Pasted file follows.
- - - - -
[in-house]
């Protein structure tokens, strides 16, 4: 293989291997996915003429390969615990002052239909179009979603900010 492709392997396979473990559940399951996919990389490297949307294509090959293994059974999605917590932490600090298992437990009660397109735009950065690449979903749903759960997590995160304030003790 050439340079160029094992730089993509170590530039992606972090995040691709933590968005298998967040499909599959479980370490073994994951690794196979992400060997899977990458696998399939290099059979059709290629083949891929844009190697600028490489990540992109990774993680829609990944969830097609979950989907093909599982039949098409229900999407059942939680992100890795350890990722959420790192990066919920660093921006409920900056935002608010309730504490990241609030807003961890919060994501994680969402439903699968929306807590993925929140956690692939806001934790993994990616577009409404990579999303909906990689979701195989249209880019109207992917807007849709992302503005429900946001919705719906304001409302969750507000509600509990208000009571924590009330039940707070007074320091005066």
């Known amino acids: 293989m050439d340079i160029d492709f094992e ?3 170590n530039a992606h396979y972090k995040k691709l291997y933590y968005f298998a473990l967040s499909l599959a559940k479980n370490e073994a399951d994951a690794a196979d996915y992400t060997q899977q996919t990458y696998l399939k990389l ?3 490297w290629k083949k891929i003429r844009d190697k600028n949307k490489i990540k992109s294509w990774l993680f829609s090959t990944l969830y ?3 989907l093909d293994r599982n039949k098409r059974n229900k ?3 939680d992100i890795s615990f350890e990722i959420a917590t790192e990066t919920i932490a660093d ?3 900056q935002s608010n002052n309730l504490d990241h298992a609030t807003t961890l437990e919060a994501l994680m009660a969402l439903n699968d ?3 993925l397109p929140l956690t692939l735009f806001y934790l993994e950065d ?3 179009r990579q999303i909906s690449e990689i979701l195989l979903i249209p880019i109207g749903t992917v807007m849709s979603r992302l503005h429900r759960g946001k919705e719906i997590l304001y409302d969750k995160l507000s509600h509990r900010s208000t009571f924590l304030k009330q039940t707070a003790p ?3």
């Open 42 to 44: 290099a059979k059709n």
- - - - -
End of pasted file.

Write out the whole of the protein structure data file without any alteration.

[in-house]
């Protein structure tokens, strides 16, 4: 293989291997996915003429390969615990002052239909179009979603900010 492709392997396979473990559940399951996919990389490297949307294509090959293994059974999605917590932490600090298992437990009660397109735009950065690449979903749903759960997590995160304030003790 050439340079160029094992730089993509170590530039992606972090995040691709933590968005298998967040499909599959479980370490073994994951690794196979992400060997899977990458696998399939290099059979059709290629083949891929844009190697600028490489990540992109990774993680829609990944969830097609979950989907093909599982039949098409229900999407059942939680992100890795350890990722959420790192990066919920660093921006409920900056935002608010309730504490990241609030807003961890919060994501994680969402439903699968929306807590993925929140956690692939806001934790993994990616577009409404990579999303909906990689979701195989249209880019109207992917807007849709992302503005429900946001919705719906304001409302969750507000509600509990208000009571924590009330039940707070007074320091005066």
């Known amino acids: 293989m050439d340079i160029d492709f094992e ?3 170590n530039a992606h396979y972090k995040k691709l291997y933590y968005f298998a473990l967040s499909l599959a559940k479980n370490e073994a399951d994951a690794a196979d996915y992400t060997q899977q996919t990458y696998l399939k990389l ?3 490297w290629k083949k891929i003429r844009d190697k600028n949307k490489i990540k992109s294509w990774l993680f829609s090959t990944l969830y ?3 989907l093909d293994r599982n039949k098409r059974n229900k ?3 939680d992100i890795s615990f350890e990722i959420a917590t790192e990066t919920i932490a660093d ?3 900056q935002s608010n002052n309730l504490d990241h298992a609030t807003t961890l437990e919060a994501l994680m009660a969402l439903n699968d ?3 993925l397109p929140l956690t692939l735009f806001y934790l993994e950065d ?3 179009r990579q999303i909906s690449e990689i979701l195989l979903i249209p880019i109207g749903t992917v807007m849709s979603r992302l503005h429900r759960g946001k919705e719906i997590l304001y409302d969750k995160l507000s509600h509990r900010s208000t009571f924590l304030k009330q039940t707070a003790p ?3």
């Open 42 to 44: 290099a059979k059709n």